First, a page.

Identification Of Accused In Court After Huge Gap By Witness Who Has Seen Accused For First Time During Incident, Is Weak Evidence: Supreme Court
A two-judge Bench of the Supreme Court has observed that the identification by a witness of the accused in the Court who has for the first time seen the accused in the incident of offence, is a weak piece of evidence especially when there is a large time gap between the date of the incident and the date of recording of his evidence.
The Court did not believe the testimony of a witness who saw and identified the accused after the lapse of 11 years in Court and termed it as a weak piece of evidence. The Court held that in such a case, TI Parade may make the identification of the accused by the witness before the Court trustworthy.
The court also said that the TI Parade is a part of the investigation and it is not substantive evidence.
The Bench of Justice Ajay Rastogi and Justice AS Oka ruled these while setting aside convictions imposed upon three persons who had faced prosecution for transporting spirit without permission. The three were convicted for three years under Section 55(a) of the Kerala Abkari Act.
The Bench observed, "It is well settled that TI Parade is a part of investigation and it is not substantive evidence. The question of holding TI Parade arises when the accused is not known to the witness earlier. The identification by a witness of the accused in the Court who has for the first time seen the accused in the incident of offence is a weak piece of evidence especially when there is a large time gap between the date of the incident and the date of recording of his evidence. In such a case, T.I Parade may make the identification of the accused by the witness before the Court trustworthy. However, the absence of TI Parade may not be ipso facto sufficient to discard the testimony of a witness who has identified the accused in the Court."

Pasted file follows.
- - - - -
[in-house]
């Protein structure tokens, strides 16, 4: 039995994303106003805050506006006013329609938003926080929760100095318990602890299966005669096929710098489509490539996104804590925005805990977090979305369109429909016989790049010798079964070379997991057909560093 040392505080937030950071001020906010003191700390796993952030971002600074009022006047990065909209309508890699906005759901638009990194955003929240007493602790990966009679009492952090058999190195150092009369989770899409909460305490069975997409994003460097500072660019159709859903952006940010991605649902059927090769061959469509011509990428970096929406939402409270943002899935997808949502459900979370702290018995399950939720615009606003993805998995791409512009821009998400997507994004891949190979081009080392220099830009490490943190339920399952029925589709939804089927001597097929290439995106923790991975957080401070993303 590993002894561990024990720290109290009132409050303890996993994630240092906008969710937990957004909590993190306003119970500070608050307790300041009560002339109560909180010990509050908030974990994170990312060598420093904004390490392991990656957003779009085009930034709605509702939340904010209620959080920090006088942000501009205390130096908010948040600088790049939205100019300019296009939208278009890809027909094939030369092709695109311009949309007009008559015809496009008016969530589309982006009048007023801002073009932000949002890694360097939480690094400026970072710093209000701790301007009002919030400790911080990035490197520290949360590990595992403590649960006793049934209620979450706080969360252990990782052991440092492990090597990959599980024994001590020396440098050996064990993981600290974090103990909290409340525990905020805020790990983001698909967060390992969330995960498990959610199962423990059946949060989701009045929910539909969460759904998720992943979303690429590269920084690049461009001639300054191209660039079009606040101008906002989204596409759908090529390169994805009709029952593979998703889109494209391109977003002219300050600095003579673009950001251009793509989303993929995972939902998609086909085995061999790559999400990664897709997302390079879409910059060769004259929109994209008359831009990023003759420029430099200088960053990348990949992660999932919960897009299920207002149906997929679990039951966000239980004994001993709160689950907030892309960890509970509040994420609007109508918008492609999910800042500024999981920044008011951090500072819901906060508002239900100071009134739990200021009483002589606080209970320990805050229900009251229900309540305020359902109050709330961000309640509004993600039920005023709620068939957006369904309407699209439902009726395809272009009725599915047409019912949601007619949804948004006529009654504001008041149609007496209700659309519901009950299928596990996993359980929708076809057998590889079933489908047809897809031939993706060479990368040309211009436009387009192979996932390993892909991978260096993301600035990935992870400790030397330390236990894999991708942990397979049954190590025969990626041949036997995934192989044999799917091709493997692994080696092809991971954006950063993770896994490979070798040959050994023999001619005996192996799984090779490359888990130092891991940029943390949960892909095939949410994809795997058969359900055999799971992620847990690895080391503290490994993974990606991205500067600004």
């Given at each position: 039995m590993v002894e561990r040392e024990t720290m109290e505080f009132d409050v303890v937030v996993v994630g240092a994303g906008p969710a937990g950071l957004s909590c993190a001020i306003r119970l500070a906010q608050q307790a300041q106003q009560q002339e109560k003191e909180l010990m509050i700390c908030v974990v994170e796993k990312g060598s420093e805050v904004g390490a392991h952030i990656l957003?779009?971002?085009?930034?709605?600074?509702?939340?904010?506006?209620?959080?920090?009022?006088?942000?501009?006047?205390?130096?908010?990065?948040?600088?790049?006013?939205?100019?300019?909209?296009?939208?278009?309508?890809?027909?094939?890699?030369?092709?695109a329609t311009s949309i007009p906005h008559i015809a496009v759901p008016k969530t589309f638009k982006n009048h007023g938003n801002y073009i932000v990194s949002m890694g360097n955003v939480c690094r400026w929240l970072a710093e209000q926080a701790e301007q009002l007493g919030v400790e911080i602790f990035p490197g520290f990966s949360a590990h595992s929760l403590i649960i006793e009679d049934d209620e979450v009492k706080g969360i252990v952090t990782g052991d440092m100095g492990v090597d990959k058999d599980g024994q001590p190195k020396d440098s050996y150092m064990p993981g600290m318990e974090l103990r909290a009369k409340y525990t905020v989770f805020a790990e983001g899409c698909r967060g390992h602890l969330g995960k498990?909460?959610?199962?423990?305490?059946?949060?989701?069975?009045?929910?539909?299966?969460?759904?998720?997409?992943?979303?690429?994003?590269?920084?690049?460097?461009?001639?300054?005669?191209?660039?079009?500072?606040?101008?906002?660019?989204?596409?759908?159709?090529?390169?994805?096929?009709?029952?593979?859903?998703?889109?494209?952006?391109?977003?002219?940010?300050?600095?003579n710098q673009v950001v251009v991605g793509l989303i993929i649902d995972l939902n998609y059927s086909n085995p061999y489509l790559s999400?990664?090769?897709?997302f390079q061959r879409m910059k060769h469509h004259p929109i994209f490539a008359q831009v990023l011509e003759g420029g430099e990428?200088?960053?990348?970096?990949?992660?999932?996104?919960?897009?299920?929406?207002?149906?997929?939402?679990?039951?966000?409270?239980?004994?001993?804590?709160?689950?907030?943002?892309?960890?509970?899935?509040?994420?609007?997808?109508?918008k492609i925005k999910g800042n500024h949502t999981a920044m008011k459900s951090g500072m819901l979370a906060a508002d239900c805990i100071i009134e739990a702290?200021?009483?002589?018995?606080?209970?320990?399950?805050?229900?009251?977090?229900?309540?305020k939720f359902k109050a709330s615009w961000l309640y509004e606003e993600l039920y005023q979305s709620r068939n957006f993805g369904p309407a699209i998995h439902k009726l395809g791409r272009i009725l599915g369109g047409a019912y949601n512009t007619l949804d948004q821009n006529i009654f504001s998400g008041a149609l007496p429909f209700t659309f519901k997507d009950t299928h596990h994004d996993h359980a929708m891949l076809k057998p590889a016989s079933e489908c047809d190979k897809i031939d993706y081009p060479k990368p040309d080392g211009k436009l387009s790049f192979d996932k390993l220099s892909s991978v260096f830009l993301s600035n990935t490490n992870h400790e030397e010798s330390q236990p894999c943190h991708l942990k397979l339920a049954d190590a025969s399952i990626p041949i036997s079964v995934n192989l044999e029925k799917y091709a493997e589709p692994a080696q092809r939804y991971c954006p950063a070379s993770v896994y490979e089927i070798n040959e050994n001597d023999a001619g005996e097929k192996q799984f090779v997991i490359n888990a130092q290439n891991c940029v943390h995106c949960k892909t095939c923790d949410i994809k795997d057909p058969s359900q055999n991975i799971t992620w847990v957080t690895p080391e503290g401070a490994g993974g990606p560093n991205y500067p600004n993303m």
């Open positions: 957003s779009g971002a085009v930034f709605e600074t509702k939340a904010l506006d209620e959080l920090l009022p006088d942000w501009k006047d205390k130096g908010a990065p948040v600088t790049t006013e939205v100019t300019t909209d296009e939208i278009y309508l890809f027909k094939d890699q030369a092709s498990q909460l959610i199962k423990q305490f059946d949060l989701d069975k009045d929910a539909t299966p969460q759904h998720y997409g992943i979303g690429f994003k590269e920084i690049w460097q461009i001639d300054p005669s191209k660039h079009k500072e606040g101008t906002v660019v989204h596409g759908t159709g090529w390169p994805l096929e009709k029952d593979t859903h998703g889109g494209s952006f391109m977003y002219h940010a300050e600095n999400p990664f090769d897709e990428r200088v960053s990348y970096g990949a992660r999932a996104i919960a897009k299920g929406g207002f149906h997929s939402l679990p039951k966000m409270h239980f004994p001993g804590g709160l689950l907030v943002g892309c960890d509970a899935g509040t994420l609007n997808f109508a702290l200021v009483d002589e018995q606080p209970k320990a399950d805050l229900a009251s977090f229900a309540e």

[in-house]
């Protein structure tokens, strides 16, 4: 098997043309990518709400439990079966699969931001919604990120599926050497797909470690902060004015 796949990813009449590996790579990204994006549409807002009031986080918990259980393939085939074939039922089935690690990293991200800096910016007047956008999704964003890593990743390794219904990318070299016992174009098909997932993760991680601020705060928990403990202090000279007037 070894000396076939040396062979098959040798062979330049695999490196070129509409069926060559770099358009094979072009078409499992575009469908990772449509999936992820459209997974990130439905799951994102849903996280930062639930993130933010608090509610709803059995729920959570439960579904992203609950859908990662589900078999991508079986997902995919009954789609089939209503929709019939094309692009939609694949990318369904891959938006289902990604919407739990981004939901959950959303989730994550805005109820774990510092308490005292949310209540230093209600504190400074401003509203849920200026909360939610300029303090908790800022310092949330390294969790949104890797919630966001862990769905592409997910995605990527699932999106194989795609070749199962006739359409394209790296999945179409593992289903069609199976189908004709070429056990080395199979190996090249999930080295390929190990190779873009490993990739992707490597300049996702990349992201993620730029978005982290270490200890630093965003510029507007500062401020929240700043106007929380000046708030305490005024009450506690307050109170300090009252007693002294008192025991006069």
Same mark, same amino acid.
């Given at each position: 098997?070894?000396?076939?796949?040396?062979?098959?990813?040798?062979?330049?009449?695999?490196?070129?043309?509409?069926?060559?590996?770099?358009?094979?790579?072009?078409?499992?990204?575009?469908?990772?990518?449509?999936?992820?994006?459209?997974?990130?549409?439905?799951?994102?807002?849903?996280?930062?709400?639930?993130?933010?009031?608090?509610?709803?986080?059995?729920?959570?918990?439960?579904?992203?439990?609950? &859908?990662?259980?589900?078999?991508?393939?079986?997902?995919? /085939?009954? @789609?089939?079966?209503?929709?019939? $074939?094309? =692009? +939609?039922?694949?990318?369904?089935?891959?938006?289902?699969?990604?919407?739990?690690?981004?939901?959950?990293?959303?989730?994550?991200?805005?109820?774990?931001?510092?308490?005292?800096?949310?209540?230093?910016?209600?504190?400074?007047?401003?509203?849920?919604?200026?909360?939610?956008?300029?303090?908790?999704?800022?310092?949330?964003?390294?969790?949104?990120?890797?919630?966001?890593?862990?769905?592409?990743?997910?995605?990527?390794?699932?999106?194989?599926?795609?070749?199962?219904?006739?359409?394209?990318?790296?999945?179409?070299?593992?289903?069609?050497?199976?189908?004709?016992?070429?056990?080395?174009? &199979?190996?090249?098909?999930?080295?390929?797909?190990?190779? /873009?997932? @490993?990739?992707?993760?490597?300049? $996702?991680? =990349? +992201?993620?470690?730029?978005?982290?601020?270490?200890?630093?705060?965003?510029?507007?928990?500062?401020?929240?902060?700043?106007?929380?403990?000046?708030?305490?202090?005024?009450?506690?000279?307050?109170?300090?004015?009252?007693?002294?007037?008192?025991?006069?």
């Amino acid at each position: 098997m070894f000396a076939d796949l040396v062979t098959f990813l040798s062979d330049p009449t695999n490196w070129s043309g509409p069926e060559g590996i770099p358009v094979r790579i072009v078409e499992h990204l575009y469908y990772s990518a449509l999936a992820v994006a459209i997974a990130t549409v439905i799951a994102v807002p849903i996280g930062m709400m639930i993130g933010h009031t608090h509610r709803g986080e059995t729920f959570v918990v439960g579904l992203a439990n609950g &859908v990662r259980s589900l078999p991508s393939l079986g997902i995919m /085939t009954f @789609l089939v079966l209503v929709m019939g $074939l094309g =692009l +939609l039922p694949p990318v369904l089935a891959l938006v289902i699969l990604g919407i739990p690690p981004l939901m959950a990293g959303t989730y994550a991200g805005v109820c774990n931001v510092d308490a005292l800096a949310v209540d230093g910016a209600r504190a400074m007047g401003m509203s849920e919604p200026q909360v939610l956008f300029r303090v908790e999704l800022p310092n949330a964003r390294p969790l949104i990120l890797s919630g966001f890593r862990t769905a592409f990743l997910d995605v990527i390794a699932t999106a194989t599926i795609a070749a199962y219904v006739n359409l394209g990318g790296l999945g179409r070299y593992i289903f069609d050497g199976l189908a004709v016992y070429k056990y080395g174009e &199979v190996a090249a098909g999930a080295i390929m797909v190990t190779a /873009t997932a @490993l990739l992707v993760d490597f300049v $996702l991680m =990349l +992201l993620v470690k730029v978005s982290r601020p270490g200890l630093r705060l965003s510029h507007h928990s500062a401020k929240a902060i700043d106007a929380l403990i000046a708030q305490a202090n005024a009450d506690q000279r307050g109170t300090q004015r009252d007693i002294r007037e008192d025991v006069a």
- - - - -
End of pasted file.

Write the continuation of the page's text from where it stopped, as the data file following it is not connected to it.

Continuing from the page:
However, the Bench did not believe the testimony given by a witness identifying the accused after a lapse of 11 years.
"In a given case, there may be otherwise sufficient corroboration to the testimony of the witness. In some cases, the Court may be impressed with testimony of the prosecution witnesses which is of a sterling quality. In such cases, the testimony of such a witness can be believed. In the present case, PW13 accepted that he is not able to identify any persons whom he had seen 11 years back. However, he asserted that he can identify the accused Nos.2 and 4 though he had seen them for the first time more than 11 years back on the date of the incident. Therefore, in the facts of the case, the evidence of PW13 as regards the identification of the accused Nos.2 and 4 in the Court cannot be accepted."
In this case, the police had apprehended three persons including the driver of a truck in which spirit was being transported, while one person, who was present in the truck could not be traced by the police. The truck was fitted with a fake number plate as per prosecution. On confession by the driver (accused no-2) about ownership of the truck and goods, the police had arrested the alleged owner (accused no-1) of the truck. The Trial Court convicted the accused and the conviction was confirmed by the High Court of Kerala.